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Molecular polymorphism

Page history last edited by Ben Dreyfus 8 years, 4 months ago



The biological roles of complex organic molecules are determined by their shape -- the way atoms and electrons create charge distributions on the molecule's surface. As a result of those charge distributions, the molecules can interact in specific ways, attracting and sticking to each other or to other organic molecules. For some proteins, their shape can be changed by the addition of a small amount of energy. Since different shapes can result in different biological roles, the same molecule can play different biological roles if the energy needed to change their shape is not too large.


Since the probability of a molecule having a higher energy than its ground state in a thermal bath is proportional to the Boltzmann factor, eE/kBT, we will use this to generate estimates of the probability that a protein has a changed shape.


1. Let's call the normal (ground state) shape of a molecule α (alpha). Suppose that adding an energy ΔE to a molecule will change it to a new shape, β (beta). For the purposes of this problem we'll assume that this is a two-state system. The molecule has to be in either state α or the state β. If the molecule is immersed in a thermal bath of temperature T, find an expression for the probability, Pα that the molecule will be in the state α and the probability Pβ that the molecule will be in the state β. Since there are only two states, your two probabilities should add to 1 (100%). Express each probability as a function of the symbol z = eE/kBT.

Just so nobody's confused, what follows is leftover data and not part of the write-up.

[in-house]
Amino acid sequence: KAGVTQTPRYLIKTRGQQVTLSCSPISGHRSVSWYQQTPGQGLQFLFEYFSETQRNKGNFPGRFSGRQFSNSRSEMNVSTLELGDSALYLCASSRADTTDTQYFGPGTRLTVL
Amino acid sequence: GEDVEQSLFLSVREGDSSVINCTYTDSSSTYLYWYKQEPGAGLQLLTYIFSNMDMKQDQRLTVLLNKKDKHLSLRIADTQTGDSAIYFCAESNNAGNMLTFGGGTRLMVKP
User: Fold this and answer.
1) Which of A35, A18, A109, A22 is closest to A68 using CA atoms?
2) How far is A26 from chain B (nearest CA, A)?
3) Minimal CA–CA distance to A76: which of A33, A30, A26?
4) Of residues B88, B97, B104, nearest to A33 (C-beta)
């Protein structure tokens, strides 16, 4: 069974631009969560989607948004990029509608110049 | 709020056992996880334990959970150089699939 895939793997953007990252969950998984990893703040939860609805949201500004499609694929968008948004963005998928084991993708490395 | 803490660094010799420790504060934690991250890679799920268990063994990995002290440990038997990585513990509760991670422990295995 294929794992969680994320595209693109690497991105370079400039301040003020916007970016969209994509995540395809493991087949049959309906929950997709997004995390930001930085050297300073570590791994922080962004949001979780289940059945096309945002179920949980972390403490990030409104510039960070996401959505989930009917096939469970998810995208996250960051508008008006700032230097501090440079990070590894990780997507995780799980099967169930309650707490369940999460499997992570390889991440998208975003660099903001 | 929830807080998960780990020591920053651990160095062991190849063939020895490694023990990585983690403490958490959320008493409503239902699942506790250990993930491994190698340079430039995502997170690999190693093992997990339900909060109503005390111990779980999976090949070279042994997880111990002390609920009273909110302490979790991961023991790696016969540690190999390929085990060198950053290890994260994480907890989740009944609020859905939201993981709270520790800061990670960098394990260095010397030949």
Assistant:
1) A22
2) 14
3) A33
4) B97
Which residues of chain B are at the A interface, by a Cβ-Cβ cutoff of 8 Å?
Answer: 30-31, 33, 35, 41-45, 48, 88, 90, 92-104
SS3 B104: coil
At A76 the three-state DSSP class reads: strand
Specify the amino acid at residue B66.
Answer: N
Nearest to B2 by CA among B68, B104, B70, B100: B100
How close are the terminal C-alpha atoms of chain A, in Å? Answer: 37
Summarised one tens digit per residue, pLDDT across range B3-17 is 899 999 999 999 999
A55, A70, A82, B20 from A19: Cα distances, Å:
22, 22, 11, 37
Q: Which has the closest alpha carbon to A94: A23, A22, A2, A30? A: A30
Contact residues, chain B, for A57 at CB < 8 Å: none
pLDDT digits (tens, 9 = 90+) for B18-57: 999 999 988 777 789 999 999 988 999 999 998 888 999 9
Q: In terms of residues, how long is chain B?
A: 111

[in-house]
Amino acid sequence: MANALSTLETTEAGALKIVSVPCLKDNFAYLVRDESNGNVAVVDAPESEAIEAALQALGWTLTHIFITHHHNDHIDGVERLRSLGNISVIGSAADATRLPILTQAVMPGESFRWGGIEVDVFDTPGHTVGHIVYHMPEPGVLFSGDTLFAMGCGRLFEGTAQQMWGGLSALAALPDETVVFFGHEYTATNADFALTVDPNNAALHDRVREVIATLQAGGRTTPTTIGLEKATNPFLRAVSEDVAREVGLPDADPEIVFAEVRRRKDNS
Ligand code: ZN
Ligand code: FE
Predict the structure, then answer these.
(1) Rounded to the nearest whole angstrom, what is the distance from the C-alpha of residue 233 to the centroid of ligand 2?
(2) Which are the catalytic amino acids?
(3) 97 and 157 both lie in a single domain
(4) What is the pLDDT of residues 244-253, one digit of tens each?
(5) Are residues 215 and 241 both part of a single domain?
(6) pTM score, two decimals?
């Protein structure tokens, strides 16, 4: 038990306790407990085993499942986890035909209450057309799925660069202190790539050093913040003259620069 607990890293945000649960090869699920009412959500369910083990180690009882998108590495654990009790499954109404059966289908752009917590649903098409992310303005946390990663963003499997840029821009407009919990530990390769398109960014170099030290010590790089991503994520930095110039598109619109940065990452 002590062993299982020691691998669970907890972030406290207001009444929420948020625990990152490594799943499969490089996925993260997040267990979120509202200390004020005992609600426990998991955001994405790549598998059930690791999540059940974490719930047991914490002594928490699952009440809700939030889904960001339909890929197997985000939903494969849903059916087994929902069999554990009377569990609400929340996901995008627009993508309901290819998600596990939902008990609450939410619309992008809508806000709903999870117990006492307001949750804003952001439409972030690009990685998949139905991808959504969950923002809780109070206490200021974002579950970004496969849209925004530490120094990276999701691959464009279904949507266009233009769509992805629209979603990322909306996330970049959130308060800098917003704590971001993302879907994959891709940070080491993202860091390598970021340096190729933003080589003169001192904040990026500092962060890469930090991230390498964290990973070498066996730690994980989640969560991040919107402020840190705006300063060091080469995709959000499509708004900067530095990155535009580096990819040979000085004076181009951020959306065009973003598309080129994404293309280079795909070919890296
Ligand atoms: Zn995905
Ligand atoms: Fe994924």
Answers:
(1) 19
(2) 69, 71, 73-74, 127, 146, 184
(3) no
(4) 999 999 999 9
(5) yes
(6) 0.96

2. If the thermal bath (cellular fluid) is at 300 K, and the excitation energy ΔE needed to change the molecule's shape is 50 meV (milli-electron volts), find the probability that the molecule will be in shape β. (Hint: At 300 K, the value of kBT is about 1/40 eV.)


3. Consider the limiting cases in order to see what range the probabilities can go over.

3.1 If the temperature were small (close to 0 K), what would be the probability that the molecule is in its ground state?

3,2 If the temperature were very large (approaching ∞), what would the probability be that the molecule is in its ground state?


4. What value of ΔE would a molecule need to have to be in shape β one quarter of the time?



Joe Redish 1/28/16

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